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Category:   E-Conf
Subject:   Translating and the Computer 30
From:  
Email:   nadamides_(on)_aslib.com
Date received:   22 Oct 2008
Start date:   27 Nov 2008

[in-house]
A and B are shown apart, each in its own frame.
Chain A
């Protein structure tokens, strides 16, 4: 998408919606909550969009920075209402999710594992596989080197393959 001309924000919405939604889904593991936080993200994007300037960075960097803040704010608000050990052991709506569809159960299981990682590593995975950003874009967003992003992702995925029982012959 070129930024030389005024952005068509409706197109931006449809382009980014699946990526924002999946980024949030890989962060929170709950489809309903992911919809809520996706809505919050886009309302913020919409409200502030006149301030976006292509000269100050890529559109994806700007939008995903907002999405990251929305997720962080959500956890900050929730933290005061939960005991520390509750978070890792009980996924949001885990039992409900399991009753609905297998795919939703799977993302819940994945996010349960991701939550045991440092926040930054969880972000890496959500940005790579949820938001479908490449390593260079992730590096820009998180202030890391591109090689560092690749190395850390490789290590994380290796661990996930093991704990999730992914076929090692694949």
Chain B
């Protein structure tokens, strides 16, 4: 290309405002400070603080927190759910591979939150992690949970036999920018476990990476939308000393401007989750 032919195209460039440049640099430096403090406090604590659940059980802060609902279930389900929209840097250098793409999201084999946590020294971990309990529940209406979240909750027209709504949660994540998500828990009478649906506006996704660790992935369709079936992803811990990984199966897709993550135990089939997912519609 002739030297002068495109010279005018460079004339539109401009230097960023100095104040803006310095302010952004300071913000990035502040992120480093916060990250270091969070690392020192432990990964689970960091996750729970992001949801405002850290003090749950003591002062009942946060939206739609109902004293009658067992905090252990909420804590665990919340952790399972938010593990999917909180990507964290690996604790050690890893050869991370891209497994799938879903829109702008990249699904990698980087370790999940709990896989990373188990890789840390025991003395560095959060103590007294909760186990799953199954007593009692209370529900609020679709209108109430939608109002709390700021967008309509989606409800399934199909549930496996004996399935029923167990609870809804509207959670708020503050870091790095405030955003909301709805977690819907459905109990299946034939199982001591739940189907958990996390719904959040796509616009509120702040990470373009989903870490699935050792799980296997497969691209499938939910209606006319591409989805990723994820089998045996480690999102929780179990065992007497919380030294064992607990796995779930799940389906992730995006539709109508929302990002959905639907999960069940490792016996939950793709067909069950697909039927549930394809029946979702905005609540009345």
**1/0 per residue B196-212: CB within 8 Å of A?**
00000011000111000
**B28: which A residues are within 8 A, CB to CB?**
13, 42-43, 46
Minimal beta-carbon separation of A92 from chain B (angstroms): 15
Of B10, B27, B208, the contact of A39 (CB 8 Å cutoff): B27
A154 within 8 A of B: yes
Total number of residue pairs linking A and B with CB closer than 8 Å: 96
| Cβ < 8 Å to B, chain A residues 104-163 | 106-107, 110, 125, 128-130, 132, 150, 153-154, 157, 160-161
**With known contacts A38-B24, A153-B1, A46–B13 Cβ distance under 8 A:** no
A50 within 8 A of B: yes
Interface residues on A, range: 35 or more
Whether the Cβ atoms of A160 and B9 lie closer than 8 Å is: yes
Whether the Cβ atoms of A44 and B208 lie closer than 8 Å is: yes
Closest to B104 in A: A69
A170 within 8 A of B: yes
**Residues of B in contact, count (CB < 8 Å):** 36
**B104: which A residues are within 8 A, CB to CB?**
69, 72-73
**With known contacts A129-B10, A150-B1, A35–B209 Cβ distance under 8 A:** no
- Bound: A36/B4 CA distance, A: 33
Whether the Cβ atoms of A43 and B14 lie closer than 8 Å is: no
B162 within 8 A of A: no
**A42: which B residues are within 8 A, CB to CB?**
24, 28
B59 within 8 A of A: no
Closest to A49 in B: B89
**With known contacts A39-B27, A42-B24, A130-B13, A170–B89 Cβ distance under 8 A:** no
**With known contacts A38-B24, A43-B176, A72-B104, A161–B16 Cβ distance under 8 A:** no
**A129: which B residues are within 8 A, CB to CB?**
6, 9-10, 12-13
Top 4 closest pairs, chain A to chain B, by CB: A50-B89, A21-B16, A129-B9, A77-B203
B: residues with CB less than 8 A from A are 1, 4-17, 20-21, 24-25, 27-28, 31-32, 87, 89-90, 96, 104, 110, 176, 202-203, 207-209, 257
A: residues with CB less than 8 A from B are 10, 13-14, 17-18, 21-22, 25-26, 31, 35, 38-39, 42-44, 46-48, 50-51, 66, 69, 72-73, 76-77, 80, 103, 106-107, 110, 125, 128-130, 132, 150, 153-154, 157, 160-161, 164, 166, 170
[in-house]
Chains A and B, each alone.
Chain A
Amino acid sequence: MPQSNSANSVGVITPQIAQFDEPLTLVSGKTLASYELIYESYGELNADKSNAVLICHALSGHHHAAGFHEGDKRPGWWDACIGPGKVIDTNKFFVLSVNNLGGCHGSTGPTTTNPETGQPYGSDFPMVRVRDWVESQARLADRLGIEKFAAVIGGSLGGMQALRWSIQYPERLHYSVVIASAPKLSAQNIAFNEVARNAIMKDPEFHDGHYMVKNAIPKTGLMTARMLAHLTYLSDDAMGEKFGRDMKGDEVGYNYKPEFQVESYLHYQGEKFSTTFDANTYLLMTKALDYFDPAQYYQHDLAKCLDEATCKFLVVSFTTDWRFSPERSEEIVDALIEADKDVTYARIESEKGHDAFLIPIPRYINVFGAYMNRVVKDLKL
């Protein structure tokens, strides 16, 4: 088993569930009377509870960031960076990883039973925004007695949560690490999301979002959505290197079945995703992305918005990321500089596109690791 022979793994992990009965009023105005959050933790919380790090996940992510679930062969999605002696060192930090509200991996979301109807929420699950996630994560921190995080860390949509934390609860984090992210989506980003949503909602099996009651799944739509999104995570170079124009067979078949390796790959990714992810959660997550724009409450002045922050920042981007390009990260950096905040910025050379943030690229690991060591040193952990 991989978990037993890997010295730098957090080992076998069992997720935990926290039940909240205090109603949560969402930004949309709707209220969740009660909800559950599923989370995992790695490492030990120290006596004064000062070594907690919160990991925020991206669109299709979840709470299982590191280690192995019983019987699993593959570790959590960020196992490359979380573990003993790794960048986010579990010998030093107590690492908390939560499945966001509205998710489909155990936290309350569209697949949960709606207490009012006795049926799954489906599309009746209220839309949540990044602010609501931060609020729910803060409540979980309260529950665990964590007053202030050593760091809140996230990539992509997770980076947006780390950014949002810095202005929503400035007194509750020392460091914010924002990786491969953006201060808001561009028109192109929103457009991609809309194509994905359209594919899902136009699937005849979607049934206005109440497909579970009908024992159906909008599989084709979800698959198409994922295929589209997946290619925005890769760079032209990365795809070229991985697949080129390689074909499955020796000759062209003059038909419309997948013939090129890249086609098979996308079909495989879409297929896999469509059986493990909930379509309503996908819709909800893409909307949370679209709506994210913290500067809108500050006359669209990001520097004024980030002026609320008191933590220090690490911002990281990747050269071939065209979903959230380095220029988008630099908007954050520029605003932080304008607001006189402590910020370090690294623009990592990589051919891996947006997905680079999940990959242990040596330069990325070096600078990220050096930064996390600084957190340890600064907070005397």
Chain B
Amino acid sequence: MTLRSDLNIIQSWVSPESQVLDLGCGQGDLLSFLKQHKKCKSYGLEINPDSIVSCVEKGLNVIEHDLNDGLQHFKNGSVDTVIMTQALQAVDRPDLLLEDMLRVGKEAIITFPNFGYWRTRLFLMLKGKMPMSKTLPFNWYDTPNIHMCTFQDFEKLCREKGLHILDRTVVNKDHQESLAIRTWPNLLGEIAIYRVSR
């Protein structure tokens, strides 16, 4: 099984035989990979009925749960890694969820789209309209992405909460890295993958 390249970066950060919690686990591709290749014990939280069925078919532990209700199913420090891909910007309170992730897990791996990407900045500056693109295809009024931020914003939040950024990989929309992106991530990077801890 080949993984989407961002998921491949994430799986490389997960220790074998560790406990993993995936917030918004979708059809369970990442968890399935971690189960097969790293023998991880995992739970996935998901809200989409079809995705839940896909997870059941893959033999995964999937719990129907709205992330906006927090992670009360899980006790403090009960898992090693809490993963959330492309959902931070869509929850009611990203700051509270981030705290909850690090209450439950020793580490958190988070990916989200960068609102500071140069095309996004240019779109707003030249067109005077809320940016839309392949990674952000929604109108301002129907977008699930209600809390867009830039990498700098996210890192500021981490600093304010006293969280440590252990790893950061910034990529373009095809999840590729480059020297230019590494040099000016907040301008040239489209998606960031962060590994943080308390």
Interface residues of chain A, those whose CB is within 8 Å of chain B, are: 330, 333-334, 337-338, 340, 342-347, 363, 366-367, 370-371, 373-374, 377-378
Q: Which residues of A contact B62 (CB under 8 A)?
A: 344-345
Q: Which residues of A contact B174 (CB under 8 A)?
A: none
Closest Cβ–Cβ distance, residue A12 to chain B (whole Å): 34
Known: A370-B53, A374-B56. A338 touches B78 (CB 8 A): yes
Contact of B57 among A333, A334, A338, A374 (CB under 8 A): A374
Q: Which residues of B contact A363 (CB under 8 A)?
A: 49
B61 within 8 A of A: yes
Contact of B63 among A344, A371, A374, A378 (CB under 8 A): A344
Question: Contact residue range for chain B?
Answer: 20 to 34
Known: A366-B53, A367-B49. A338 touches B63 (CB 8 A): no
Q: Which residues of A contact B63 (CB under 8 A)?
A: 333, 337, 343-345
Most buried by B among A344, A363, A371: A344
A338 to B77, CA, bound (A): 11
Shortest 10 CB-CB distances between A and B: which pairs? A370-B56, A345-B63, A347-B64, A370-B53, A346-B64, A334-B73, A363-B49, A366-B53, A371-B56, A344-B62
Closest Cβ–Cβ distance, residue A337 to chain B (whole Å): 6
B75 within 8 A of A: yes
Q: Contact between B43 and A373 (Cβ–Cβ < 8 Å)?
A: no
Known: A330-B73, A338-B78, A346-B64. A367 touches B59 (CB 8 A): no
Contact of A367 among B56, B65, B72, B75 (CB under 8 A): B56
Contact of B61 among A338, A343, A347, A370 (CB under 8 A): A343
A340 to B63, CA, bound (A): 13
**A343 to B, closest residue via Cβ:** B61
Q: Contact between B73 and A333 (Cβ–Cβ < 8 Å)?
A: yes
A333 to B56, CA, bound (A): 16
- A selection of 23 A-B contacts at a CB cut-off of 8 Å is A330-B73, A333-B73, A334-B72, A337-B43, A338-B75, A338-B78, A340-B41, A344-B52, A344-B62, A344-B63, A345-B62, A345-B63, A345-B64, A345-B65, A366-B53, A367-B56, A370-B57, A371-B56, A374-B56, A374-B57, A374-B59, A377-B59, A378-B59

TRANSLATING AND THE COMPUTER 30 Conference 27-28 November 2008, London Supported by BCS Natural Language Translation Specialist Group, EAMT, IAMT, ITI, IoL, LISA and TILP. Sponsored by CNGL and LTC. Come and join us at the Holiday Inn Camden Lock to celebrate the 30th conference with an exciting programme of papers and panels. The programme, and other details, can be found at www.aslib.com/conferences. There are two additions and one change to the previously advertised programme: a) the keynote presentation on Thursday 27: Synchronizing translations in a Wiki with TikiWiki CMS/Groupware Marc Laporte, AvanTech.net, Canada Classic translation workflow systems are based on several assumptions. For example, they assume the presence of a master language and that the source document be "final" before translation is started. But what to do for a wiki, which has no master language and, by the wiki's nature, when a document is never "final"? The presentation will address 7 assumptions (including the two mentioned above) of the traditional translation workflows and how these are challenged in the Web & Wiki world. Finally, we will describe a working solution to these issues, implemented in TikiWiki, a full-featured, open source, multilingual Web Content Management System (CMS). This solution is currently used by the Firefox support site at support.mozilla.com. More information on Wiki-Translation.com b) the keynote presentation on Friday 28: Tools for Integration Ulla Falk-Petersen, Director, European Court of Auditors, Luxembourg Over the years, translator oriented IT tools have become instrumental to translation work. An important advantage of the use of IT tools stems from the possibilities in the way of integration and interoperability they offer. A case study is presented to illustrate how the European Court of Auditors has used IT tools to coordinate and harmonise translation work whilst providing quality assurance and efficiency. The use of IT tools as a facilitator of integration at several levels is stressed in the context of the 2004 and 2007 enlargements, which meant a twofold increase in the number of official languages and of translators in our organisation. c) the last paper on Friday 28 has changed to: A Quality Control Framework for Gold Standard Reference Translations: The Process and Toolkit Developed for GALE Lauren Friedman, University of Pennsylvania, USA While a multitude of MT evaluation metrics exist, most require one or more gold standard references. For the DARPA GALE program, source data is translated according to detailed guidelines2 and high quality standards, but these raw translations then undergo a rigorous and carefully constructed quality control process to create the final references. This resource intensive process, which utilizes a specially designed toolkit, QCTool, was developed to meet GALE's need for multiple editing passes on translation data wherein each intermediary version of the translation is preserved. This paper describes this framework and suggests that it may be successfully applied to improve and streamline other large scale translation projects. There are panels looking at the past 30 years and at the future, as well as ample opportunities to network with other colleagues in the field. For more information, including how to book your place, please visit: www.aslib.com/conferences. If there are 3 of you coming from the same organization, the third delegate can attend for 200GBP plus VAT. Regards Nicole Adamides, ASLIB Training The Holywell Centre, 1 Phipp Street, London, EC2A 4PS Tel: 020 7613 3031 Fax: 020 7613 5080 www.aslib.com/training Email: training_(at)_aslib.com _______________________________________________
 

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